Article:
Installing Brave Browser on Linux Systems

Want to get started using Brave on Linux? This guide will help you with installation, removal and update process of the Brave browser.
Warp Terminal

Brave is one of the best web browsers for Linux. It is based on Chromium, so you get all the features you usually get in Google Chrome.

In addition to that, Brave has its own set of features. It has built-in ads and cookie blockers. It also blocks tracking pixels and fingerprinting to enhance your privacy.

It has a crypto rewards system that is liked by some and disliked by some.

Altogether, Brave has gained a significant user base in the last few years.

If you want to install Brave on Linux, this tutorial will help you with that.

Install Brave browser on Linux

Brave can be easily installed via the command line on Debian or Ubuntu-based distros, Fedora, RHEL, and OpenSUSE.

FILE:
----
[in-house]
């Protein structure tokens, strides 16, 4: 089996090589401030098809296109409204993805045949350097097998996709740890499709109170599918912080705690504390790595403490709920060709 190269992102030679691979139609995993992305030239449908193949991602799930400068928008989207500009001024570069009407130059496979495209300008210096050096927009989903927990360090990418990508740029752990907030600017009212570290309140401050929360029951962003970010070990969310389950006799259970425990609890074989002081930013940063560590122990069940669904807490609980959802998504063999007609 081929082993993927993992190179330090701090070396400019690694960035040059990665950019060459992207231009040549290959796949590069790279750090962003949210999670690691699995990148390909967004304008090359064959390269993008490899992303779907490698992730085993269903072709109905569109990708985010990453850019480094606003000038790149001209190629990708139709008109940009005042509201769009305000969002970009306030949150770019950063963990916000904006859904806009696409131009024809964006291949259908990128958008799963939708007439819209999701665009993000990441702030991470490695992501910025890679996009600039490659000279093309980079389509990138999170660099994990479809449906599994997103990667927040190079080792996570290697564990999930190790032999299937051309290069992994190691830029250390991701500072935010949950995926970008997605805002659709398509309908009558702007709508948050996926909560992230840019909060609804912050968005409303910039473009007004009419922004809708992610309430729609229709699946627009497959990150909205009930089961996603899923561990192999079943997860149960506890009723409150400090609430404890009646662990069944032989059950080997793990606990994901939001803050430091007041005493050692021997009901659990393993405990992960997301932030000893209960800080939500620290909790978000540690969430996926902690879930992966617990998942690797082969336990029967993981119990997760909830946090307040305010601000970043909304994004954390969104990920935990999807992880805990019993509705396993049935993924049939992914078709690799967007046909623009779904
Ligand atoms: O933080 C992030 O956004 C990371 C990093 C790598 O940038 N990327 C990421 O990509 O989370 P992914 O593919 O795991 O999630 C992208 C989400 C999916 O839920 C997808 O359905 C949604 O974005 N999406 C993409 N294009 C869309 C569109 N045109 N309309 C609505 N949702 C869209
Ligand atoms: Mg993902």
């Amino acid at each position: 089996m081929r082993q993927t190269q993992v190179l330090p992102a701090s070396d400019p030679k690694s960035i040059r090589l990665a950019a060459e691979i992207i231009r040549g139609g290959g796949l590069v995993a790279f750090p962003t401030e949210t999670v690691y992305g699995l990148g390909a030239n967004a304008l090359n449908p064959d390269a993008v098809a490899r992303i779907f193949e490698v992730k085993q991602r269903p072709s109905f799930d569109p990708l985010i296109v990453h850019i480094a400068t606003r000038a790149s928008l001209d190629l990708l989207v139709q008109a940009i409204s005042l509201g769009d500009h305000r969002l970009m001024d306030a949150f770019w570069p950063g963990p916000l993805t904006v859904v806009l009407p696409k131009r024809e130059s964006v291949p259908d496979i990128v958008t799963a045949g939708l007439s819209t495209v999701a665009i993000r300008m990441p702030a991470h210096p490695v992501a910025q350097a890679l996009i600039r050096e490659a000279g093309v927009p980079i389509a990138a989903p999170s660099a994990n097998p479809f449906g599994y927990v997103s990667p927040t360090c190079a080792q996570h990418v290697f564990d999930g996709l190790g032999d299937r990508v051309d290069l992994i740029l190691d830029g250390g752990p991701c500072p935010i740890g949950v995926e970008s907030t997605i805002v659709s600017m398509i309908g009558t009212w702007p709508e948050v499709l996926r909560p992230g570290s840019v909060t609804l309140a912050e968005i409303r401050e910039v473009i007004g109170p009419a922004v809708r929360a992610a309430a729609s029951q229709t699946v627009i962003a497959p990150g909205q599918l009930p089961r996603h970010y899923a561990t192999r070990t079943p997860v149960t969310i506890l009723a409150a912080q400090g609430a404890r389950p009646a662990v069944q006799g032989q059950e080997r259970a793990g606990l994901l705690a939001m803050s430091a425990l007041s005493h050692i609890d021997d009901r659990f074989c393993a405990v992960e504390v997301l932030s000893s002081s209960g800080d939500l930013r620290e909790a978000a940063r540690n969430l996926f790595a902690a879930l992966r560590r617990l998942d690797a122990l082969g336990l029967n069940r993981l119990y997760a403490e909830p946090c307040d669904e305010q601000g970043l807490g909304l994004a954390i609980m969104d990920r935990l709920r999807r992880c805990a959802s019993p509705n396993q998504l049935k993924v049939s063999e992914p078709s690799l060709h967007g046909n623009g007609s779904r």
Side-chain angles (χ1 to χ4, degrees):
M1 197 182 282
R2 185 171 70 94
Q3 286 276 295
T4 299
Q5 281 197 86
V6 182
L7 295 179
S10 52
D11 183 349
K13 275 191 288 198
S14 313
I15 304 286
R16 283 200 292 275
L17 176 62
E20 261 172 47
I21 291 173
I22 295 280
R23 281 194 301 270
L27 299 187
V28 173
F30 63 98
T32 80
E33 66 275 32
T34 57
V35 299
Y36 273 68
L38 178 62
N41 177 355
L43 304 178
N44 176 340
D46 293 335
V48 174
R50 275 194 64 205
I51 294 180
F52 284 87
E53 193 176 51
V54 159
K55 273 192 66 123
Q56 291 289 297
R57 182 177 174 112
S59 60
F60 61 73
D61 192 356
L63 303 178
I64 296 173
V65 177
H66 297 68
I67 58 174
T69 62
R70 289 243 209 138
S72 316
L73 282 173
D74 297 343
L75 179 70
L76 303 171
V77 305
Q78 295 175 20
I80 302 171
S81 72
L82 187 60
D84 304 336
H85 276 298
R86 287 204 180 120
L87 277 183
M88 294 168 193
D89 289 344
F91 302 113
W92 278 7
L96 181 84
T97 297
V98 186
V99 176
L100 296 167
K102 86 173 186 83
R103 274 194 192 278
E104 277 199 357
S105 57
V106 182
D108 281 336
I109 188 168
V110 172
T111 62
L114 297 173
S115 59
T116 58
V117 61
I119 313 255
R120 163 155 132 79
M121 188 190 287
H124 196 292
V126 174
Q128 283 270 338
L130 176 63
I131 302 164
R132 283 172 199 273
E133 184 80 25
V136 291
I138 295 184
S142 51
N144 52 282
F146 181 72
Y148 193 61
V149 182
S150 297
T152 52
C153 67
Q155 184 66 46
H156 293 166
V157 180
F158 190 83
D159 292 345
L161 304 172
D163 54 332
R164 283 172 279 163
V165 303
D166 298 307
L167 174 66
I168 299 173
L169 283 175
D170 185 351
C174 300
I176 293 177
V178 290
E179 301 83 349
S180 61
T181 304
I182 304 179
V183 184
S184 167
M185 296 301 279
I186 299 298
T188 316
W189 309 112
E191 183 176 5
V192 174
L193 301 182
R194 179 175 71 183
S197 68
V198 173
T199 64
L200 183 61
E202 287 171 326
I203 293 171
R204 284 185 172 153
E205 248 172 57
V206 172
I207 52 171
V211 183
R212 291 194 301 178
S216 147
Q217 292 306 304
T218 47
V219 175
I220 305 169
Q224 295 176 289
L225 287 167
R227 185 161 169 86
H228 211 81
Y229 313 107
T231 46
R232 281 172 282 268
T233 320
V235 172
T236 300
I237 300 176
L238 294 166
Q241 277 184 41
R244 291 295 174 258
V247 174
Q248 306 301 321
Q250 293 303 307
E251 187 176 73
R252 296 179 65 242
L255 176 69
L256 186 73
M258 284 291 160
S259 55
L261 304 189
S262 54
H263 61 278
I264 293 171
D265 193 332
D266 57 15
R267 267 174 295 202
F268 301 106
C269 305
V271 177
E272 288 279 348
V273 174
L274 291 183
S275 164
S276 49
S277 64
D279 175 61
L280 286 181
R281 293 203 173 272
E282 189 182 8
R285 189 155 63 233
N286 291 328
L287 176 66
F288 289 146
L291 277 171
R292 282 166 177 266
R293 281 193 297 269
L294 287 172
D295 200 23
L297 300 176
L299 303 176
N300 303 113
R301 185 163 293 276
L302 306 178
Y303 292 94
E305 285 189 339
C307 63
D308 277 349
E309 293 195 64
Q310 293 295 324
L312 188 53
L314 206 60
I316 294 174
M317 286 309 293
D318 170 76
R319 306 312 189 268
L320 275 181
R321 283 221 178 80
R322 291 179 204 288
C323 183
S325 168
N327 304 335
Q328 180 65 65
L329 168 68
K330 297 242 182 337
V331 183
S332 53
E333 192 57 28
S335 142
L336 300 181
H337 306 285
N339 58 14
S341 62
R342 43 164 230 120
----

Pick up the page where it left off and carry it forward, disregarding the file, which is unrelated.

All you have to do is add Brave's custom repo and install the .deb/.rpm package using APT, DNF, and Zyppr as per the distro.

A Snap package is available, but Brave officially mentions that it may not work as expected. So, follow the installation instructions below to get started installing Brave on Linux.

Installing Brave on Ubuntu and Debian-based distributions

For Ubuntu and Debian-based distributions, hereโ€™s what you need to do. You need to add the Brave repository to your system. And then, it gets the packages and updates from the official Brave repository.

First, install curl and allow apt over HTTPS by installing apt-transport-https. Curl is required for downloading files in the terminal.

sudo apt install apt-transport-https curl

Next, add the Brave repository key to your system. This way, your system will trust the packages coming from the Brave repository.

sudo curl -fsSLo /usr/share/keyrings/brave-browser-archive-keyring.gpg

And then add the Brave repository in the sources.list.d directory.

echo "deb [signed-by=/usr/share/keyrings/brave-browser-archive-keyring.gpg arch=amd64] stable main"|sudo tee /etc/apt/sources.list.d/brave-browser-release.list

Now update the package cache so that your Ubuntu system learns about the newly added Brave repository and gets the package details. Once the package cache is updated, you can install the brave-browser package.